Psyruby posted a topic in Fire Emblem Fates(if tl:dr, then just read the rules, pros, cons of each ruleset and then vote) I have created 3 distinct PvP rules that are appealing to most individuals. If anyone wants to give feedback, I encourage them to post below. I will only change a rule in each ruleset if someone proves that specific rule is outright toxic, useless, or needs tweaking. No Rules(Maximizes Freedom) 1) No Rules. Just like it states, there are no limitations. Most people will probably use these rules just cause they are the simplest and anything is allowed. In a meta like this, everyone has the capability to ORKO through damage, skills, lethality, criticals, and copycat shenanigans and tanking isn't even possible other than the General taking two rounds instead of one like other units. Pros: Simple Rules. Fast matches. Doesn't interfere with single player options. Cons: Unbalanced. Favors aggro way too much. The game becomes a movement war. Balanced(Maximizes Player Interaction) 1) No Boots. 2) No Forged Weapons. 3) No Copycat. 4) No Brave Weapons. Alright, so I just need to say it. Brave weapons break the game by allowing good sets to be broken sets. You can ORKO every unit not specifically made to counteract Brave Weapon ORKOs. This limits options and favors just ORKOing instead of trying to interact with the opponent, but you don't want to get rid of all these lovely options(well except Copycat, that's broken by itself). Instead, you just get rid of what they all have in common. For those that are worried, you can still ORKO even generals, but specific builds are needed and these builds have counters. This allows you to use tanky classes to well.... tank. And yes, Lightning(the tome) isn't banned. This gives mages a favorable niche while not making them overpowered(as they are quite squishy and Lightning is quite weak without being able to forge). You can still counteract this strategy with the right build. Forged weapons are banned for a couple reasons. A) You aren't favoring player interaction by encouraging them to grind just to keep up with others. B) There is absolutely no opportunity cost to forging except time. Forged weapons are strictly better than unforged. C) They push critical builds over the top. They will start ORKOing too many units with even limited forged weapon. Boots are banned for very similar reasons. A) It's just favorable to have more boots, which isn't adding to player interaction. B) Boots affect different classes(and characters), well, differently. Flying units(and Takumi) are favored to use boots more than non-flying. Finally Copycat is broken, It's a free action somewhere else on the map. Allowing copycat is saying you require every character to have copycat, and that adds nothing to the game. Pros: Simple rules. Balanced Gameplay. Aggro and Defensive Play are equal in power. Cons: Can't use a few of the fun options. Games may take longer than you like. Interferes with how you play single player. And the final Ruleset: Odin's Sphere(Maximizes Interest) 1) One Boot per team allowed. 2) Forged Weapons only allowed to +1. 3) Copycat restricted to one unit. 4) Only one Brave Weapon(can be +1) per team allowed. So, you want broken stuff but still want balance(and maybe you want Odin's ability to actually do something in a semi balanced environment), then these are the rules for you. Sure you can ORKO like before with one unit, but it's painting a giant target on that unit's back. These rules give boots, copycat, and brave weapons an opportunity cost when attaching them to a unit, but still allows you to use them. Pros: Semi balanced gameplay. Favors Aggro, but defensive play is still a good option. Favors a faster paced match. Cons: Rules are somewhat complicated in comparison. Interferes with single player slightly.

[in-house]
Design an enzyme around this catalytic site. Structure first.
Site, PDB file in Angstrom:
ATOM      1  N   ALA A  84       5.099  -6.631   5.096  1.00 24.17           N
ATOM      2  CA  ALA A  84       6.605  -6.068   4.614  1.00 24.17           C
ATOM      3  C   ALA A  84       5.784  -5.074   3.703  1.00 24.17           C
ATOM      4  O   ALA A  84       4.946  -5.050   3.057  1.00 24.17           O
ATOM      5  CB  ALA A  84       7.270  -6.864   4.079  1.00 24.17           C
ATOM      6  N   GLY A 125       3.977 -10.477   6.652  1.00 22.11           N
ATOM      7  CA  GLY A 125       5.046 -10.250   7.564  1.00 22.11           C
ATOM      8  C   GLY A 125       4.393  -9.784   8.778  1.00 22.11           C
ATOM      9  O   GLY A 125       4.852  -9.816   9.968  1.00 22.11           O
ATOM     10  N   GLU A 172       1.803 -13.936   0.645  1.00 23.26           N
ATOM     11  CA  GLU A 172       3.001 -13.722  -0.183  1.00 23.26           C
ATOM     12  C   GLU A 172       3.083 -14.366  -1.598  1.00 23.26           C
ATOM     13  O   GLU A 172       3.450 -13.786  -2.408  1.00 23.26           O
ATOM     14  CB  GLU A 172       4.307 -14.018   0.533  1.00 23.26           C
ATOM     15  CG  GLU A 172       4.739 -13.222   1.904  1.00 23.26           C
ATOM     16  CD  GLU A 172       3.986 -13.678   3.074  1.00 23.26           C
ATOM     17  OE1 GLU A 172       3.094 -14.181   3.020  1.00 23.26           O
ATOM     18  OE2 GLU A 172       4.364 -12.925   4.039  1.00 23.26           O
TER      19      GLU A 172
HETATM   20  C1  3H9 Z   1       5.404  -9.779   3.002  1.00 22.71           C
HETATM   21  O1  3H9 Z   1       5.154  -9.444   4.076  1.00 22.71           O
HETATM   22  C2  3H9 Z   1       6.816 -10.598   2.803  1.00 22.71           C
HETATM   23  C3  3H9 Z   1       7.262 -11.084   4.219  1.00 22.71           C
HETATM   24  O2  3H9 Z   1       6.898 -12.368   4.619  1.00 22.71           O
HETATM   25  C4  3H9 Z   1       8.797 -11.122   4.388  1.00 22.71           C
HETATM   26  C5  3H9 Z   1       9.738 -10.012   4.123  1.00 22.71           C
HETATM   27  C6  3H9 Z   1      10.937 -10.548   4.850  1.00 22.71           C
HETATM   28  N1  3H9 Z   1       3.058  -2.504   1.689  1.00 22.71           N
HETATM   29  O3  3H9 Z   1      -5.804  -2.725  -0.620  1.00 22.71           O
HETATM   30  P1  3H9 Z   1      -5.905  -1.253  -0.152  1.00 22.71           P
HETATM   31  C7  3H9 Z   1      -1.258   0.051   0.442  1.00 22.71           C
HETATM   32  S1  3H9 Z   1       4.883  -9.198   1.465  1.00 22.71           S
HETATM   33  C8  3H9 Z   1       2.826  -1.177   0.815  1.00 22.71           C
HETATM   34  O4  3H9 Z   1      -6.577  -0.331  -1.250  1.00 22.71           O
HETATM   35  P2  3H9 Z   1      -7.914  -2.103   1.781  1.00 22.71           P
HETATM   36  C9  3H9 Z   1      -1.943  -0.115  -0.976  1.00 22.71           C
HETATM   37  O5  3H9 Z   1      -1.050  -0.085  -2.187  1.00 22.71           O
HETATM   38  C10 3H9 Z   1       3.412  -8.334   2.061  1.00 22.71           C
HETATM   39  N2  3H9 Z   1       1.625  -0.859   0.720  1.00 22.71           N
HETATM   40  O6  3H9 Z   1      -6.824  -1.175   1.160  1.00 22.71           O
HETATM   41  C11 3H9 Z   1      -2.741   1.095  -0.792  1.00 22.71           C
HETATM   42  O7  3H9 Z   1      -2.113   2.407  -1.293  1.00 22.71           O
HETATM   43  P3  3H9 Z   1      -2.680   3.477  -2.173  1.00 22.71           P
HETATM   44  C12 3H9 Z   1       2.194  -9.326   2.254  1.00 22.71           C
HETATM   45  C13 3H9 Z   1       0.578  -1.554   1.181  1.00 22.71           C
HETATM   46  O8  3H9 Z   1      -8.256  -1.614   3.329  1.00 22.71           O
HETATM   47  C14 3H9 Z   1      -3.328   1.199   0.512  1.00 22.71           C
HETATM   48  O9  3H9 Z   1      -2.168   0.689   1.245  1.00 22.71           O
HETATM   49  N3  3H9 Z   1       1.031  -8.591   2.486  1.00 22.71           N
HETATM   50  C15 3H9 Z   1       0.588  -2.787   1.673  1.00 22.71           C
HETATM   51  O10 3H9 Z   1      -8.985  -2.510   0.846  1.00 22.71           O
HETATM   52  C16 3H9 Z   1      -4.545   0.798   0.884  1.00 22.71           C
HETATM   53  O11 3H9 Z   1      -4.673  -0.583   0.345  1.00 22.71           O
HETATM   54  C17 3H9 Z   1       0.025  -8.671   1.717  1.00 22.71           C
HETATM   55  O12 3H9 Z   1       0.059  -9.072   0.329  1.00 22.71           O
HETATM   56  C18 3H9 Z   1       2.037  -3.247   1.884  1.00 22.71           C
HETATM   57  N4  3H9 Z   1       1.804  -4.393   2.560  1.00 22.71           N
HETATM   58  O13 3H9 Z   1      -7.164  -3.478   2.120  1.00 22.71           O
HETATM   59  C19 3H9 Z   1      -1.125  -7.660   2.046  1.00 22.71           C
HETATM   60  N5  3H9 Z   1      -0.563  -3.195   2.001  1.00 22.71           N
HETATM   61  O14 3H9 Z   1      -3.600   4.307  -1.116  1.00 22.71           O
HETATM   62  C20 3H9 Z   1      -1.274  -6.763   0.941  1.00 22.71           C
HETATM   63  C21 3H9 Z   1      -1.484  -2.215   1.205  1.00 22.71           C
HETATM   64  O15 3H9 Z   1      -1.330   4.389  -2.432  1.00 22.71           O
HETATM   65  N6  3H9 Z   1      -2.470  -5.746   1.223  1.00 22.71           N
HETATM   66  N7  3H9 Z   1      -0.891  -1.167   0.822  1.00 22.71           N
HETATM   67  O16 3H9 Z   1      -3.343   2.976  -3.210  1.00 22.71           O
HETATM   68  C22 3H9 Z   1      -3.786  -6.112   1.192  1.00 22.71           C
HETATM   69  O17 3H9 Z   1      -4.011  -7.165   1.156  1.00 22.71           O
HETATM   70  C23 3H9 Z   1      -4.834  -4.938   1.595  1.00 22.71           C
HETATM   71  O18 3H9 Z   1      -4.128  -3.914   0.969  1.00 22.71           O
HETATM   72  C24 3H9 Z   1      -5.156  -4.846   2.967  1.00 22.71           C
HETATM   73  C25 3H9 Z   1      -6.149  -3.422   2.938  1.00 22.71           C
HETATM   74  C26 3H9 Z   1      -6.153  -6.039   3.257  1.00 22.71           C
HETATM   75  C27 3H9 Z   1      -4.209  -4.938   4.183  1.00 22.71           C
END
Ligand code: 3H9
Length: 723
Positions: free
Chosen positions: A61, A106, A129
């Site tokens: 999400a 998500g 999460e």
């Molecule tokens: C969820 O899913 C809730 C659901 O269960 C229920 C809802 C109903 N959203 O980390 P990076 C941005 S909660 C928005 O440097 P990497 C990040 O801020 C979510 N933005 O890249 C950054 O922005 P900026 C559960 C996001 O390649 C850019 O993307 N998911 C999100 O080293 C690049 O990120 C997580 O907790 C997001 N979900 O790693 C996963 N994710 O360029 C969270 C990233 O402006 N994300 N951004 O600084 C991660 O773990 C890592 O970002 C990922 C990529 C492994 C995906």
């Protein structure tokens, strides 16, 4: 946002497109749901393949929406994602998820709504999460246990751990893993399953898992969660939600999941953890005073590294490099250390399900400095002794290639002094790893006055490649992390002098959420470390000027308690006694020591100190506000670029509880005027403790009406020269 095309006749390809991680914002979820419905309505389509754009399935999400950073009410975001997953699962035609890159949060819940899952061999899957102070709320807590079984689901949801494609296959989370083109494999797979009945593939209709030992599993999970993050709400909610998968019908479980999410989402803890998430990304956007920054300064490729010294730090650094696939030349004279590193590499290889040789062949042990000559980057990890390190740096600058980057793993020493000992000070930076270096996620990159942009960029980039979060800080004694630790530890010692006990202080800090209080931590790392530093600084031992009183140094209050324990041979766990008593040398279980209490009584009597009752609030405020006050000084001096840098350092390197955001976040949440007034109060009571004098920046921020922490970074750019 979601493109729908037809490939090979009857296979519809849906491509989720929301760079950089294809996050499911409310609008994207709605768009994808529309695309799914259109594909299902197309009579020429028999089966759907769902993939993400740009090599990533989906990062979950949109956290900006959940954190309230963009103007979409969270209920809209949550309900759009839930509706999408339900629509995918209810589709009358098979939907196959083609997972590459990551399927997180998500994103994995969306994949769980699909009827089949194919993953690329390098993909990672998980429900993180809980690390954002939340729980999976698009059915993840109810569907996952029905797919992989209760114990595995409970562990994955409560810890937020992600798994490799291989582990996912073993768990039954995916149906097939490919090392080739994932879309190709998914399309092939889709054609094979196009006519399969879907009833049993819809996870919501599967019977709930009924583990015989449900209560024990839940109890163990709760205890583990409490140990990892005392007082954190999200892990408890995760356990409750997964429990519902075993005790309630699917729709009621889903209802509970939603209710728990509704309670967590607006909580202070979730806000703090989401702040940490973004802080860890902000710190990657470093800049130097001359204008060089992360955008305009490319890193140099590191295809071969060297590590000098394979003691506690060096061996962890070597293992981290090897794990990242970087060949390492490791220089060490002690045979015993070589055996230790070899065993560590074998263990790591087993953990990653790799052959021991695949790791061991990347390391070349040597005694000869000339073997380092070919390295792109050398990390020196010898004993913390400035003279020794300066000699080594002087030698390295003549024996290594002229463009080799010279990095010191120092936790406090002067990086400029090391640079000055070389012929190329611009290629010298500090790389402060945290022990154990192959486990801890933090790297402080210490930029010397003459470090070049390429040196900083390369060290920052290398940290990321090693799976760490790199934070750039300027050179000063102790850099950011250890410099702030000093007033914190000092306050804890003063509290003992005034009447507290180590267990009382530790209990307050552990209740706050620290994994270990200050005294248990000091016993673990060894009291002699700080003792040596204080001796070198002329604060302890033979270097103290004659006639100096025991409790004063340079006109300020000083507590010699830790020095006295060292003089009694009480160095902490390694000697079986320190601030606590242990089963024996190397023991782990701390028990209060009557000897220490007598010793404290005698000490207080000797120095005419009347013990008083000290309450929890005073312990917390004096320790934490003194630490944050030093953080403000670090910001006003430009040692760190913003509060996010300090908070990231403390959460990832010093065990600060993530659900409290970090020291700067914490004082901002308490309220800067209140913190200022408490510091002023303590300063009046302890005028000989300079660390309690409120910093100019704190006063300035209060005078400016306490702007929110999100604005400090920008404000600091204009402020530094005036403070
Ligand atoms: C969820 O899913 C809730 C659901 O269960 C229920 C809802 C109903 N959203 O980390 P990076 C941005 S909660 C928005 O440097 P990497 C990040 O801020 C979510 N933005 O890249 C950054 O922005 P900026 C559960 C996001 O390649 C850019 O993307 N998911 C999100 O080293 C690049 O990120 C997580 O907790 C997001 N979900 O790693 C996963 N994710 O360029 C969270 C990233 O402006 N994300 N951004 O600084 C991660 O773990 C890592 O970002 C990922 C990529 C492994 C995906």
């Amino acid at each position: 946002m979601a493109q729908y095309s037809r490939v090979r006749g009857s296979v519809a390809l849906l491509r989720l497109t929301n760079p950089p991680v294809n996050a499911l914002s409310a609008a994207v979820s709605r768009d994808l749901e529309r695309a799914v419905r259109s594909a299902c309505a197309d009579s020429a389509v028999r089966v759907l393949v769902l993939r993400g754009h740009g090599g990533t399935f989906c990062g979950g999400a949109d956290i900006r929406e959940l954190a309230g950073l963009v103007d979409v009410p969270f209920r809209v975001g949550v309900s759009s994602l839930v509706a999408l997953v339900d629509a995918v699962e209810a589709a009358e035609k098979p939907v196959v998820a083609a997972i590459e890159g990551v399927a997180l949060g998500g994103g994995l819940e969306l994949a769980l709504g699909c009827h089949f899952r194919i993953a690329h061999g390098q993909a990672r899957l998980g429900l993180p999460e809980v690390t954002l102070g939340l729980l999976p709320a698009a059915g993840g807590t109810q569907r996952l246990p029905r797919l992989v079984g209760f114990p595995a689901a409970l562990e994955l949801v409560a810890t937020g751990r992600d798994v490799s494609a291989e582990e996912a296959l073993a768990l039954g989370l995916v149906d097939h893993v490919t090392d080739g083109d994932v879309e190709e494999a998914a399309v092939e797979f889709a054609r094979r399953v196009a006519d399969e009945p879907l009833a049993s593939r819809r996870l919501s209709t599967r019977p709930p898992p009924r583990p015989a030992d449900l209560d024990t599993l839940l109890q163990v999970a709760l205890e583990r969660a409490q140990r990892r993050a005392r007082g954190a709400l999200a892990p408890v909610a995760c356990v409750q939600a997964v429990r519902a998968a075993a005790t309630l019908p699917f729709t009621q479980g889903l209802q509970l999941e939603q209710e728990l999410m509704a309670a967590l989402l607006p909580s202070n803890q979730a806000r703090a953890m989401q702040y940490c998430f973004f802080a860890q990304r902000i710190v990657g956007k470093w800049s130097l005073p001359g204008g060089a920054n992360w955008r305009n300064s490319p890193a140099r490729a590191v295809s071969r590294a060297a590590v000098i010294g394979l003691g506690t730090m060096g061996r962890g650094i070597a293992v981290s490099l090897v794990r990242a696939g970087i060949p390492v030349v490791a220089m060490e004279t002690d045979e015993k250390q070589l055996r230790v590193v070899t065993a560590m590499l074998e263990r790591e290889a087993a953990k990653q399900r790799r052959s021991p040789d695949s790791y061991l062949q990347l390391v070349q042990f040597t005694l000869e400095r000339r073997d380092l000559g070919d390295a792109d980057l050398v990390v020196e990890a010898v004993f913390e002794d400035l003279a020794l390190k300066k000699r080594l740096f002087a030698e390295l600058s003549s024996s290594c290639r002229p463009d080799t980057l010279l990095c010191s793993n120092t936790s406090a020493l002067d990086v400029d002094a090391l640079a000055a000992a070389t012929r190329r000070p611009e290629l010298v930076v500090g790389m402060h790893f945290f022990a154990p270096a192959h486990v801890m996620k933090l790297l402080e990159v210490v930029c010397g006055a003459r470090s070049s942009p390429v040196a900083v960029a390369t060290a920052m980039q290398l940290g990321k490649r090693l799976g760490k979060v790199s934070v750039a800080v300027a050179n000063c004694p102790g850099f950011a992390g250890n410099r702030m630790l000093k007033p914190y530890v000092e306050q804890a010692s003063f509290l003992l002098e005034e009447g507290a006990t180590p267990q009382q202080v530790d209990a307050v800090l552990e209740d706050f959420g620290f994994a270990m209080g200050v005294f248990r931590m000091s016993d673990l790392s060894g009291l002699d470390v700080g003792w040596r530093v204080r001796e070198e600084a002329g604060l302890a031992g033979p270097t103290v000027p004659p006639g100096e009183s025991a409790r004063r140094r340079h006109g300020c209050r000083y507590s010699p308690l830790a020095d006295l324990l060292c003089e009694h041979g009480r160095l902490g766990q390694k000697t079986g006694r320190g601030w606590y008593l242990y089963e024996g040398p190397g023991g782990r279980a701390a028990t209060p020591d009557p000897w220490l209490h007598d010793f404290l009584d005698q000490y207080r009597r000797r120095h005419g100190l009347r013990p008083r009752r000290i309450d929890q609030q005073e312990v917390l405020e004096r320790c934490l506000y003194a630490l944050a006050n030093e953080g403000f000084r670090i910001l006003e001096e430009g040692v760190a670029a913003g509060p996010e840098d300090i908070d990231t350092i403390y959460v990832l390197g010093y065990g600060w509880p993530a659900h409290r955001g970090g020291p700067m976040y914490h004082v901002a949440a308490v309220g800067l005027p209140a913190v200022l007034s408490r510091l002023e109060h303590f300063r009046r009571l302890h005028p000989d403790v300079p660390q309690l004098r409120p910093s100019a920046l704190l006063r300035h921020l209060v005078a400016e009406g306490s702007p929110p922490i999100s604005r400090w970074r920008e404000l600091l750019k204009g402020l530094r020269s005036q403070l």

FE 0 Rules compilation help